Robin Williams had such a cheerfully irreverent attitude towards his life, it’s impossible not to think he’d find his own death funny, too.
“Reality is just a crutch for people who can’t cope with drugs,” he once said, possibly the most famous of his many classic one-liners.
As always with Williams, 63, who was found dead in his California home Monday of an apparent suicide, there was a shard of truth in every joke. A clown with a dark side, he found reality tougher to deal with than he let on.
He’d struggled with drug and alcohol abuse for many years, cocaine in the 1970s and ’80s and booze in more recent years.
“Cocaine is God’s way of saying you’re making too much money,” he quipped — and he knew it.
Williams had worked hard at staying sober for at least 20 years but he’d reportedly fallen off the wagon recently and had returned to rehab last month. Police said Williams died of suspected suicide through asphyxia in his home in Tiburon, in northern California.
The Chicago-born comic genius had a quicksilver wit that masked a lifelong battle with depression. He was the epitome of the clown who laughed on the outside but cried on the inside.
Known first as a standup comedian, then in the 1970s and early ’80s as a TV phenomenon (Mork & Mindy) and in recent decades as an all-purpose movie star (he won an Oscar for a dramatic performance as a therapist in Good Will Hunting), Williams was always the funniest and smartest guy in any room.
He could turn any encounter into a memorably mirthful occasion. At the Sundance Film Festival in January 2002, when Williams showed up to promote One Hour Photo, the first of what he called his “Dark Trilogy” of villainous screen turns (the others were Death to Smoochy and Christopher Nolan’s Insomnia), he did an impromptu half-hour standup routine before the screening in the Eccles Theatre.
He had people rolling in the aisles with jokes about increased airline security following the 9/11 terror attacks of a few months earlier. He said new instructions to air travellers would be that in the event of an on-board terrorist assault, baseball bats would descend from the ceiling instead of oxygen masks for passengers to take action.
Nothing was sacred with Williams: God, sex, race, drugs were all comedy fodder for him. But he always delivered his zingers with an infectious smile, often with the affected accent of a multitude of foreign countries, real or imagined.
An interview with him, and I had the pleasure of many over the years, was like being invited to a superstar comedy show for an audience of one. You never got the feeling that he put himself on a pedestal. He just loved to entertain people.
He once told me that he knew he took too many roles in lowbrow comedies, fluff like Patch Adams and Mrs. Doubtfire or trash like Flubber, that weren’t going to win him any more Oscars. But he was OK with that as long as people laughed.
“I do them because kids have a great time. There’s a value to that. If I’m a De Niro to a 9-year-old, that’s OK. That’s a great thing.”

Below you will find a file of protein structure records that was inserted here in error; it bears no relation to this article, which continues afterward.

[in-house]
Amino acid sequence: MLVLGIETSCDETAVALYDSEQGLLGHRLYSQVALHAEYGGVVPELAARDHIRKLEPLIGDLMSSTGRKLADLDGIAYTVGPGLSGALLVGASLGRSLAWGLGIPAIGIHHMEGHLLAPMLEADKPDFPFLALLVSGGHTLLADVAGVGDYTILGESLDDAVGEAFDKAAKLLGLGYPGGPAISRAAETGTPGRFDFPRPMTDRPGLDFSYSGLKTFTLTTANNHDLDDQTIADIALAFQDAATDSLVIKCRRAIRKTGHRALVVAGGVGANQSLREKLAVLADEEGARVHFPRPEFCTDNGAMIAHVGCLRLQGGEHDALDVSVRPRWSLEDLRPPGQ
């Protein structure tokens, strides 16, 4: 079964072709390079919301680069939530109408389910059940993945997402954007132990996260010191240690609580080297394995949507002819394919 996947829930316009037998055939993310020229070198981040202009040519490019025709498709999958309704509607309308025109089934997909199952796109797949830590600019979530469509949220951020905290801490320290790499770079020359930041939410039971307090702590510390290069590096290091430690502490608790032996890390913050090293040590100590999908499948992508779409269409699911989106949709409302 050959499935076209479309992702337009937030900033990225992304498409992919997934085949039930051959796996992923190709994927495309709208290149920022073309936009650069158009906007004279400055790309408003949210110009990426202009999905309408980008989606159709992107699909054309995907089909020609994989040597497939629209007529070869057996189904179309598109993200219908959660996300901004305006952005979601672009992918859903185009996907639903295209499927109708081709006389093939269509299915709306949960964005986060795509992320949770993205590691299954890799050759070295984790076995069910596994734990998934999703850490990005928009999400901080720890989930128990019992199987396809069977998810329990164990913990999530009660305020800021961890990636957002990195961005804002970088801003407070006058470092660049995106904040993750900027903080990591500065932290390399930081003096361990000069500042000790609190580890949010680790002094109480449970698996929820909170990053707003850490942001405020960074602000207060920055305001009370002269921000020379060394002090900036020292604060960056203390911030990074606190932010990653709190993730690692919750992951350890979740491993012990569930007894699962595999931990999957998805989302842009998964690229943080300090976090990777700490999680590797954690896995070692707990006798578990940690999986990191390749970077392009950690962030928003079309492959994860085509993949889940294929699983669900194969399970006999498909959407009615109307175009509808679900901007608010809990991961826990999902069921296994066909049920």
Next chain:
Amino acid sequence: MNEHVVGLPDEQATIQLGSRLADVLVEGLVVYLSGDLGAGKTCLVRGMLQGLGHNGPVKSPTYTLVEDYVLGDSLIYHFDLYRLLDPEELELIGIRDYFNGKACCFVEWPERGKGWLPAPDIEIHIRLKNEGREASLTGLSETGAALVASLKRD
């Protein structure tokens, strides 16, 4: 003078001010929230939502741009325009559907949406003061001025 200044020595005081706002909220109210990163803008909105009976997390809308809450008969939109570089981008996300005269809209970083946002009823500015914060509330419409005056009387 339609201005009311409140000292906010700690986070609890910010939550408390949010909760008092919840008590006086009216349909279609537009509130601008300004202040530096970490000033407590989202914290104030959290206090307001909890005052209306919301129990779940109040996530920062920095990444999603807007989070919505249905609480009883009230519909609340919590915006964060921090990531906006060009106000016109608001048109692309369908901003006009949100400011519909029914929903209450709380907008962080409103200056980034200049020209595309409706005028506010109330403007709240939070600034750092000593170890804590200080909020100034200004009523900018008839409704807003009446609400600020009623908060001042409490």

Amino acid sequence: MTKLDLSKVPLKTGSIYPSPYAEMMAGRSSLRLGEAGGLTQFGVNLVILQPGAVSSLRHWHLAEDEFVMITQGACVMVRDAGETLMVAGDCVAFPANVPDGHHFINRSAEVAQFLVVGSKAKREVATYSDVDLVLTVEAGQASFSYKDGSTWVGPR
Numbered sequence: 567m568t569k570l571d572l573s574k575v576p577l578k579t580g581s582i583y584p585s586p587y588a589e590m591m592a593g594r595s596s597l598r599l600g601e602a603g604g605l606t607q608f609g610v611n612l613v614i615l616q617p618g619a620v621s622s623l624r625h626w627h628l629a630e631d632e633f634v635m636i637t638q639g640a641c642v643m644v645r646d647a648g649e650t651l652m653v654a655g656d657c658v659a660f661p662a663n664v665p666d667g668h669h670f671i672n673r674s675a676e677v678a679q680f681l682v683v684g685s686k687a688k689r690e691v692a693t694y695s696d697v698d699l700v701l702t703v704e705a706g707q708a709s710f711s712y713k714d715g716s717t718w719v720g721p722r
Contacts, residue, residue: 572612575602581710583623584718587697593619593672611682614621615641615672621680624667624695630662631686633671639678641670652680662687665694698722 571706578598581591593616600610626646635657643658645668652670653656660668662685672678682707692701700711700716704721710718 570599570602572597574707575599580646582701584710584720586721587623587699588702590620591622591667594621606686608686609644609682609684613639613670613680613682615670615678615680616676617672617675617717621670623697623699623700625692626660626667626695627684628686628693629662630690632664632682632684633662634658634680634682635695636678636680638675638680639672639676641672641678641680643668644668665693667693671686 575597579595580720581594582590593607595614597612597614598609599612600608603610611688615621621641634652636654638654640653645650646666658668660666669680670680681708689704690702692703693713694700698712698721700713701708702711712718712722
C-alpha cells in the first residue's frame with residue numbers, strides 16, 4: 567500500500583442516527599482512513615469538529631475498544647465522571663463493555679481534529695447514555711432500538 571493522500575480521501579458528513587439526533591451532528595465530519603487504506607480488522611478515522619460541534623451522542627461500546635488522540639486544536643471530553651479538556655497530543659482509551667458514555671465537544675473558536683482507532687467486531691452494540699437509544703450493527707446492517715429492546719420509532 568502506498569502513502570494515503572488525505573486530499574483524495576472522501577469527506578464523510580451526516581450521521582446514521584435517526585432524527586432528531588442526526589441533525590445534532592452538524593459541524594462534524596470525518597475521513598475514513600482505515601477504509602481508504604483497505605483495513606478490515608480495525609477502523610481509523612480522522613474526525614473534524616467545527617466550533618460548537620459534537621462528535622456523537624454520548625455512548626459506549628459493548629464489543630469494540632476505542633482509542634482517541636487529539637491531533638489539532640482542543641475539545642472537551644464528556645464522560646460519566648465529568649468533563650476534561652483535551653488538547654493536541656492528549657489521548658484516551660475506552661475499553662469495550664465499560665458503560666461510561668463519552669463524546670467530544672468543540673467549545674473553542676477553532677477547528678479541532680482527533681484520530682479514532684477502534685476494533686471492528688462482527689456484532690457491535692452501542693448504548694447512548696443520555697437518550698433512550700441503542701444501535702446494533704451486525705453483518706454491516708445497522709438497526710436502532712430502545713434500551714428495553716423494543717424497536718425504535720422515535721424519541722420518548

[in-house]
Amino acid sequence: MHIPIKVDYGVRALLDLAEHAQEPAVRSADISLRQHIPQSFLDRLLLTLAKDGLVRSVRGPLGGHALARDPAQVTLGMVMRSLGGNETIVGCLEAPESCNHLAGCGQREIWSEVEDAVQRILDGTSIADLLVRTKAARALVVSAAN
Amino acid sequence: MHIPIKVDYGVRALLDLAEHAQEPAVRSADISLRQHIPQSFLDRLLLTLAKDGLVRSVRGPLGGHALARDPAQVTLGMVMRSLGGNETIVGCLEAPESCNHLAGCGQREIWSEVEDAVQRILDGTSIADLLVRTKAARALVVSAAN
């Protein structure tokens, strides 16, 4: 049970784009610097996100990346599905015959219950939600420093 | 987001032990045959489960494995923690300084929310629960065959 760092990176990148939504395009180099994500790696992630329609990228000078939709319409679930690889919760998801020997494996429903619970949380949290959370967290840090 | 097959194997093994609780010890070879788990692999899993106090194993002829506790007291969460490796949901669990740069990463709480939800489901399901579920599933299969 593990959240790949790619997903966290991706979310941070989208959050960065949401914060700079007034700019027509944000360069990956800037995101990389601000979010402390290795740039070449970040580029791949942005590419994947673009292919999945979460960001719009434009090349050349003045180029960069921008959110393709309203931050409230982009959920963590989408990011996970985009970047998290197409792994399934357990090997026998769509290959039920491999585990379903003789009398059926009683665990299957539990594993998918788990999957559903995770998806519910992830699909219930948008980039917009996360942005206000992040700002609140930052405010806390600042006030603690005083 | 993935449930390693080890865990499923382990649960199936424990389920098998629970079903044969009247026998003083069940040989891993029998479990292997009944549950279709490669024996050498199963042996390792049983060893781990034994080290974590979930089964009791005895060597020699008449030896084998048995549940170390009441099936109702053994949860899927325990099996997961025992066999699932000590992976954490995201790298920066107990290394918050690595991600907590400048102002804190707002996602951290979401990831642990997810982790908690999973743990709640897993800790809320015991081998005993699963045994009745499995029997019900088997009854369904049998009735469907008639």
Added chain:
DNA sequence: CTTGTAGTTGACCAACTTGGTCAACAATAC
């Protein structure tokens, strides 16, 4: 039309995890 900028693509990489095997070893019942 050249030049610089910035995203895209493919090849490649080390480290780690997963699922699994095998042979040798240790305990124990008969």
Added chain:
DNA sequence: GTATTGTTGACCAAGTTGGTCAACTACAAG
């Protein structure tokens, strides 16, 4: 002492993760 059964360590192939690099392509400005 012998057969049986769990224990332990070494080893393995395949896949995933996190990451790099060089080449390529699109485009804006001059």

He laughed uproariously in 2006 during an L.A. interview when I told him that the Russian cabbie who drove me to the hotel for our meeting professed never to have heard of him. The cabbie claimed he was too busy driving to watch TV or movies, but he was among the few people on earth who’d never heard of Robin Williams.
“That’s wonderful!” Williams said, when I told him the story.
He began an impression of the cabbie, muttering oaths in mock Russian. He ended the riff in accented English: “Why go see Moscow on the Hudson? Why go see movie about Russians?”
Williams was dressed that day in loud plaid pants, topped by a T-shirt bearing a picture of a monkey, its rear end raised high and the slogan: “Human-Animal Hybrid.”
But in the same interview, his smile turned downwards for a few moments as he complained about the demands people made on him.
“People think they know you,” he said, grimacing slightly.
“They expect you to be literally like you are on TV or in the movies, bouncing off the walls. A woman in an airport once said to me, ‘Be zany!’ The weird thing is now with all these cellphones with cameras, they’ll say, ‘May I take a picture of you?’ and you’ll say, ‘Fine.’
“And then they’ll say, ‘C’mon, smile!’ And I go, ‘I am smiling ...’ At that point you want to go, ‘Back off!’ Because they want something else. Do something goofy!”
The last time I saw him was a couple of years ago in Toronto, when I literally ran into him in front of the Windsor Arms Hotel. He was in town for a charity event, one of many good causes he supported, and he was just waiting for a taxi to take him to Pearson airport.
He wasn’t attracting any attention to himself, just smiling that boyish grin that he almost invariably sported. He seemed happy, content with the world on a sunny Sunday morning.
Who knows what terrible mood drove him to his apparent act of despair this week?
“Comedy is acting out optimism,” he famously said.
His optimism and acting ability failed him at the end. His sudden death casts doubt on the outcome of several movies he had in the works, including a planned Mrs. Doubtfire sequel.
But Robin Williams leaves the world a better place, one that will forever ring from the memory of the large amount of laughter he brought to it.